Showing posts with label Desserts. Show all posts
Showing posts with label Desserts. Show all posts

Sunday, January 30, 2011

Coconut Ginger Scones

These scones are to to die for! Eat them plain or with lemon curd or jam. Trust me, you will not be disappointed!
Recipe provided courtesy of Entertaining From an Ethnic Indian Kitchen.

Yield 18 mini-scones

• 2 cups all-purpose flour
• ½ cup sweetened coconut
• 2 tablespoons sugar
• 1 tablespoon baking powder
• ½ teaspoon salt
• 2 teaspoons lemon zest
• ⅓ cup minced crystallized ginger
• ½ cup cold butter, diced
• ¾ cup heavy cream

• 1 tablespoon turbinado sugar
  (coarse sugar)
• ½ teaspoon cinnamon

• ½ teaspoon green cardamom seed powder

• 2 tablespoons cream or milk

Preheat oven to 375 F. In a bowl, stir to combine flour, coconut, sugar, baking powder, salt, lemon zest and ginger. Add butter to dry ingredients. Using a pastry blender or 2 dinner knives, cut the butter into the flour mixture until it resembles very coarse crumbs. 

Pour the cream over the dry ingredients. Gently mix until dry ingredients moisten. Do not over mix.

Transfer the dough to work surface. Quickly gather the dough until it clings together. 

Pat the dough into 9 x 9 squares. Cut the dough into 9 squares. Cut each square into 2 triangles. 

Note: If the dough becomes too soft, place the dough in the fridge for 10 minutes so that it hardens. The butter has to be cold while baking in order for the scones to become flaky.

To make the topping, mix sugar, cinnamon and cardamom. 

  • Turbinado sugar is coarse sugar, which can be found in any supermarket. 
  • Don't use store-bought cardamom seed powder. Cardamom seeds lose their potency quickly after you crack open the shell. It is better to buy a lot of cardamom seeds and keep them in a jar and to crack them open and grind them with a mortar and pestle whenever you need to make cardamom seed powder.

Brush the scones with cream or milk. Sprinkle flavored sugar on top. Transfer scones to a parchment or Silpat lined baking tray.

Bake for 20 minutes. Transfer to a wire rack to cool. Serve plain or with jam or lemon curd.

For more recipes, table setting ideas and gardening tips from the author of Entertaining From an Ethnic Indian Kitchen, check out Komali Nunna's blog.

Saturday, January 15, 2011

Paramannam (Sweet Rice)

In honor of Sankranthi, the South Indian harvest festival, I made a rice porridge called paramannam which is typically served during this holiday using the rice that is harvested. My parents are both from farming families from villages in South India, so they have brought their tradition of celebrating Sankranthi with them after immigrating here. This dessert is what I look forward to year after year.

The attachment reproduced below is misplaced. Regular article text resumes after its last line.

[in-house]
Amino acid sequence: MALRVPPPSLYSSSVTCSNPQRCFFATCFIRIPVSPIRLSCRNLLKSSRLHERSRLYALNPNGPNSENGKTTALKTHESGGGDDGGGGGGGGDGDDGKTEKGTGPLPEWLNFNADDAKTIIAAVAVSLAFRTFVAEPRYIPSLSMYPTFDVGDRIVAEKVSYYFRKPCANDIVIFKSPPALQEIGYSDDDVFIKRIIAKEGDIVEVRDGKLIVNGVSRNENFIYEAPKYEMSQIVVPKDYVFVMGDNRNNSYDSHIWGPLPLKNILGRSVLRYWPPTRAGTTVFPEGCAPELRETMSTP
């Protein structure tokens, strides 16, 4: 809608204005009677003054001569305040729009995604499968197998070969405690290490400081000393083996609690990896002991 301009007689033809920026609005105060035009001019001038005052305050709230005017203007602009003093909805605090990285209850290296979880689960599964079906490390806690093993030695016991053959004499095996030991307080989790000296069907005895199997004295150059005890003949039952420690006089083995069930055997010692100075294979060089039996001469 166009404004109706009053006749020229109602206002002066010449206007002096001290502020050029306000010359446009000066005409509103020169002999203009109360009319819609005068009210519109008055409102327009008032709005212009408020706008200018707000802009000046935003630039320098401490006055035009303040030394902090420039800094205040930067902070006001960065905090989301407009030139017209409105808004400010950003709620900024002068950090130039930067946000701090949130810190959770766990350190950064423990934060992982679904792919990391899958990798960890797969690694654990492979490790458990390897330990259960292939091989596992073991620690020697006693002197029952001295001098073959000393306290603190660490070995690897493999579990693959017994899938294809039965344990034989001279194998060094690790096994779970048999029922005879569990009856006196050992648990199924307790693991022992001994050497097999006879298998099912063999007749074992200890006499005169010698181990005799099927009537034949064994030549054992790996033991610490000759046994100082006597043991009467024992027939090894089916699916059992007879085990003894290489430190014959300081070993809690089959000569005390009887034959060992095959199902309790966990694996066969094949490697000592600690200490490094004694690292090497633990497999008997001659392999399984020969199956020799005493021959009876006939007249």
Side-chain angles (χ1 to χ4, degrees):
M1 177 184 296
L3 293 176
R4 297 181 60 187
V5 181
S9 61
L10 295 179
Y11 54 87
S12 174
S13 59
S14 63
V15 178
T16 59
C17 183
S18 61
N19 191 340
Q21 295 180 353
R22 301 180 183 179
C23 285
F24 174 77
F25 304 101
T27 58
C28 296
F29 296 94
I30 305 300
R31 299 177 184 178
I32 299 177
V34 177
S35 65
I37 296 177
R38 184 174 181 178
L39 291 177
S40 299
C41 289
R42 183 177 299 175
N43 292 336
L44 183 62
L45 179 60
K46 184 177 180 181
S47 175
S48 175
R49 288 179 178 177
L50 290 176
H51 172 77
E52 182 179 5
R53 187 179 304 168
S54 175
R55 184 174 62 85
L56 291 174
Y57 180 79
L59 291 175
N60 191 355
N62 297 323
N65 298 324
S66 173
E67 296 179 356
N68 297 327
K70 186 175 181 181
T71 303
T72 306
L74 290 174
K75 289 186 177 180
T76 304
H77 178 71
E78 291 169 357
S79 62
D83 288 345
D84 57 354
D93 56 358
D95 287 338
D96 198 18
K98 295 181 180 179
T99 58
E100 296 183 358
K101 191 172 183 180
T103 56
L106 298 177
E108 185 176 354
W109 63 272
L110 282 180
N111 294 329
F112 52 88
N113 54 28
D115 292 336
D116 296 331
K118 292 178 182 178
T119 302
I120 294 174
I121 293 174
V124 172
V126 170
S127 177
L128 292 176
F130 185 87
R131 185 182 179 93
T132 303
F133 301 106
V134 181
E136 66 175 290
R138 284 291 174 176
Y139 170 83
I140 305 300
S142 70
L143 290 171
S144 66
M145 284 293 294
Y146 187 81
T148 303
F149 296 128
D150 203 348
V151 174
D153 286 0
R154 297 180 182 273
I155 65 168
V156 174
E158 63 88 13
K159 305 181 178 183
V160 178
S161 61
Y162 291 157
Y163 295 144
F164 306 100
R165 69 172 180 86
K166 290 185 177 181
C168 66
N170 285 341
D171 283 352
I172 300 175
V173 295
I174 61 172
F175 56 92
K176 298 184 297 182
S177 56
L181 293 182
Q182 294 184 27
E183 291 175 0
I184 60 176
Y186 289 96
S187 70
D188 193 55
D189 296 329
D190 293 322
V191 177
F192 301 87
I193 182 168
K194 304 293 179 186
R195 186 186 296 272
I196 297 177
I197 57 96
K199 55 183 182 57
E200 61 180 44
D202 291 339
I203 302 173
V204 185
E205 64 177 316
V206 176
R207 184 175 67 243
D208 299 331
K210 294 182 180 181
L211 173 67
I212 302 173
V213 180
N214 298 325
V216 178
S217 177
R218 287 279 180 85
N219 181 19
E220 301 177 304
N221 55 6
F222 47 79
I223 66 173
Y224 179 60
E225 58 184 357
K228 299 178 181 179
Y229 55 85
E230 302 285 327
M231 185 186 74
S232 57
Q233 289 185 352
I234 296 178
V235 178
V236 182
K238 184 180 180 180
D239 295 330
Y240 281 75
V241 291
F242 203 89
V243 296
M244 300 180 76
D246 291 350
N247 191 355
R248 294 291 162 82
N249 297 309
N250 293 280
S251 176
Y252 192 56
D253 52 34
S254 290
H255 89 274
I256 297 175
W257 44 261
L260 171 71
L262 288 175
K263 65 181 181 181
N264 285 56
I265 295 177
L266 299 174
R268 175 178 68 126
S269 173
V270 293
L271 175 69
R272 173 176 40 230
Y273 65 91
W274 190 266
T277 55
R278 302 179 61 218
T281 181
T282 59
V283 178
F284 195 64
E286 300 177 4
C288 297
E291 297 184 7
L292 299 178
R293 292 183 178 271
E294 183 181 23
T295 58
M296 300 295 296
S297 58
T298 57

• 1 cup long grain rice
• ¼ cup mung dal (optional)
• ¼ teaspoon salt
• 1 ¾ cups water
• 6 cups hot whole milk
• 1 cup grated, packed jaggery (or light brown sugar)
• 1 teaspoon green cardamom seed powder
• ⅓ cup ghee

• ½ cup raw cashew nuts

Combine rice, dal, salt and water in a medium heavy bottomed saucepan (avoid using nonstick pan).

Alternative: If you can't make it to an Indian grocery store, eliminate the mung dal. It will still turn out just as good!

Bring it to a boil over medium high heat. Stir once.

Reduce heat to lowest setting, cover with the lid and simmer for 10-12 minutes or until almost all the water is absorbed.

Stir in milk and increase heat to medium high and bring it to a boil. Reduce heat to medium and simmer for 30-25 minutes or until rice is very soft, while stirring often.

Note: Jaggery is unprocessed cane sugar which can be found in Indian stores or Mexican supermarkets. 

Grate and stir in jaggery and cook for about 10 minutes until jaggery is thoroughly incorporated into the rice mixture. Stir in cardamom powder.

Alternative: Use light brown sugar instead of jaggery.

Meanwhile, in a small skillet, heat ghee over medium heat. Add cashews and fry until golden brown. 

Add fried cashews along with the ghee to the cooked rice and stir in. 

Serve warm.

    For more recipes, table setting ideas and gardening tips from the author of Entertaining From an Ethnic Indian Kitchen, check out Komali Nunna's blog.
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